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Blasted B'S.--The B's have swarmed upon us for some time, and are more provocative of nightmare than mince pie at ten o'clock. We had Buchanan, Breckinridge, Black, Bright, Bigler, Bayard, Benjamin, and Brown to curse the nation in the civil ranks, and now we are haunted by Bull Run, Ball's Bluff, Big Bethel, and Bull's Bay, boldly entered by our fleet, notwithstanding the ominous prestige against B's. Blast the B's. We hope they will cease to swarm on the boughs of the Tree of Liberty. We hope our fleet will make no Bull in Bull's Bay, and regret that Beaufort begins with B.--Cleveland Plain Dealer. There seems to be another blasted B down at Belmont, Mo.
Capt. Buchanan's resignation.--Captain Frank Buchanan, who is the author of the annexed letters, is in command of one of the rebel batteries on the Potomac. We commend the third epistle to his Southern friends: navy yard, Washington, April 22, 1861. His Excellency, the President: sir: I respectfully resign my commission as a Captain in the United States Navy. Respectfully, sir, your obedient servant, Frank Buchanan. Commandant's office, navy yard, Washington, April 22, 1861. sir: As I have this day resigned my commission as a Captain in the Navy, and consider myself only temporarily in command here, you will carry out all the instructmorning, and superintend the defence of the Yard, when necessary. I shall not take any part in the defence of this Yard from this date Respectfully, &c., F. Buchanan. Coin. J. A. Dahlgren, &c., &c. The Rest, near Easton, Md., May 4, 1861. sir: If his Excellency, the President, has not accepted my resignation as a Captai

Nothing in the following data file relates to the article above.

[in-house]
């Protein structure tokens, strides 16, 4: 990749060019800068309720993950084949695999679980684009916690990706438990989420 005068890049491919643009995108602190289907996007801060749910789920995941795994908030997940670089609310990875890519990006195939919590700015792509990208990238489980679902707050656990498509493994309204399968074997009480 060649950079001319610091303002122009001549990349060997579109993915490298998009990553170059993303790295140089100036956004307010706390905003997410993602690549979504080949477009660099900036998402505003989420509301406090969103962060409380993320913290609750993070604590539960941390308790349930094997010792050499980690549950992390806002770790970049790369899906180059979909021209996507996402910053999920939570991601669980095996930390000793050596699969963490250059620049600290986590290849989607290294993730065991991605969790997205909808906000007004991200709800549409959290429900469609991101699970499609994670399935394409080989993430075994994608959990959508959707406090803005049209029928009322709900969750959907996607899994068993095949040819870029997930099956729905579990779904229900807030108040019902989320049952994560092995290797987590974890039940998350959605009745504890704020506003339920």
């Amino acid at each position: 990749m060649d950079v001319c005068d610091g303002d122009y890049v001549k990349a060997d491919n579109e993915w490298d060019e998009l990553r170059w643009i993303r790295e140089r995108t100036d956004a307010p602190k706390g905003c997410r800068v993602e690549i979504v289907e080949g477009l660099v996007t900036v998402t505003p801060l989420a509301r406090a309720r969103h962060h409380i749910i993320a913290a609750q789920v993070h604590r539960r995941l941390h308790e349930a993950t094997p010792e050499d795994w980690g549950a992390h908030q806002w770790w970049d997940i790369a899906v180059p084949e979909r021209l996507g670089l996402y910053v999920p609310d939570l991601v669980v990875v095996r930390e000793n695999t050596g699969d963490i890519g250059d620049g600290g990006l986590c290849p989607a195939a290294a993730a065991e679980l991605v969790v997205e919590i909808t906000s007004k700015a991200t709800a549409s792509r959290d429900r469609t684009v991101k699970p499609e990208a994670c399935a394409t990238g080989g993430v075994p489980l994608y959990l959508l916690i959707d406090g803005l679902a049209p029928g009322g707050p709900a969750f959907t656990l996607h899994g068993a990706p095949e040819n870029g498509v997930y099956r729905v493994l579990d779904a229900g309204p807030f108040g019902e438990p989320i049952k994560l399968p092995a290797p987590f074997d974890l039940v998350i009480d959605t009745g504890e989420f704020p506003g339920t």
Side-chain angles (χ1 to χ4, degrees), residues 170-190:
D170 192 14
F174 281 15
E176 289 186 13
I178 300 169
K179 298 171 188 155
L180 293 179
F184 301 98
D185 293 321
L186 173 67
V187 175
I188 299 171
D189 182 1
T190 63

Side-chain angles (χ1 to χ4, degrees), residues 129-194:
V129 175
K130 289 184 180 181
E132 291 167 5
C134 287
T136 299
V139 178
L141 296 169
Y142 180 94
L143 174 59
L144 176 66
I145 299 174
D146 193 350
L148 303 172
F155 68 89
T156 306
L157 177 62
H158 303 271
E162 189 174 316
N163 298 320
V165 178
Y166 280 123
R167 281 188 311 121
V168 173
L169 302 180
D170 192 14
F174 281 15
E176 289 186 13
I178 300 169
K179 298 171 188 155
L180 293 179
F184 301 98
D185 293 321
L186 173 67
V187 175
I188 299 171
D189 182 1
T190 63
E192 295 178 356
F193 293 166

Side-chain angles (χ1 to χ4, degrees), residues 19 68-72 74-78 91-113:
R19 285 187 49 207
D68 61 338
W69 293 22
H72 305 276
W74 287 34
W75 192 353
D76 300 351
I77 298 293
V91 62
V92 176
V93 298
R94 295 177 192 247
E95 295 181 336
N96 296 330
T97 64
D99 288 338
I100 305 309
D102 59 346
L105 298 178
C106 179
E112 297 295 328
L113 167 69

of naval signals, uniform-books, many despatches, log-books, together with their naval-register, containing a list of all their officers who deserted the flag of the Union to take service in the insurgent navy. All these papers and documents were transmitted by Com. Goldsborough to the Navy Department. The following list of the navy is among them: Captains. Law. Rousseau,Geo. N. Hollins, French Forrest,D. N. Ingraham, Josiah Tatnall,Samuel Barron, V. M. Randolph,Wm. F. Lynch, Frank Buchanan,Isaac S. Sterett. commanders. Sidney S. Lee,John K. Mitchell, Wm. C. Whittle,Mat. F. Maury, Robt. D. Thorburn,Raphael Semmes, Robt. G. Robb,John R. Tucker, Wm. W. Hunter,Thomas J. Page, Henry K. Hoff,George Minor, Ebenezer Farrand,Robt. F. Pinkney, H. K. Thatcher,Thos. R. Rootes, John S. Missroon,H. J. Hartstene, Richard L. Page,J. L. Henderson, Frederick Chatard,Wm. T. Muse, Arthur Sinclair,Thos. T. Hunter, C. H. A. H. Kennedy,Chas. F. McIntosh. Thomas W. Brent,  Lieute
Rebellion Record: a Diary of American Events: Documents and Narratives, Volume 4. (ed. Frank Moore), Doc. 82.-fight in Hampton roads, Va., March 8th and 9th, 1862. (search)
(Com. Tucker,) the Jamestown, (Lieut. Barney,) and the Teazer, (Serg. Webb.) all which were actually engaged, and rendered very effective service. Enclosed I send the surgeon's report of casualties. I have the honor to be, sir, very respectfully, your obedient servant. Catesby ap R. Jones. Executive and Ordnance Officer. Flag-Officer F. Forest. The official report of the naval battle in Hampton Roads was read. The accompanying letter of the Secretary of the Navy states that Flag-Officer F. Buchanan was disabled near the close of the engagement by a painful wound, though not very dangerous. The report was made by the executive officer, upon whom thee command devolved, Lieut. Jones. The confederate vessels engaged were the steam-sloop Virginia, of ten guns; the Patrick Henry, Com. Tucker, of six guns; the Jamestown, Lieut.-Com. Barney, of two guns; the Raleigh, Lieut. Commanding Alexander; the Beaufort, Lieut. Commanding Parker; the Teazer, Lieut. Commanding Webb, each of one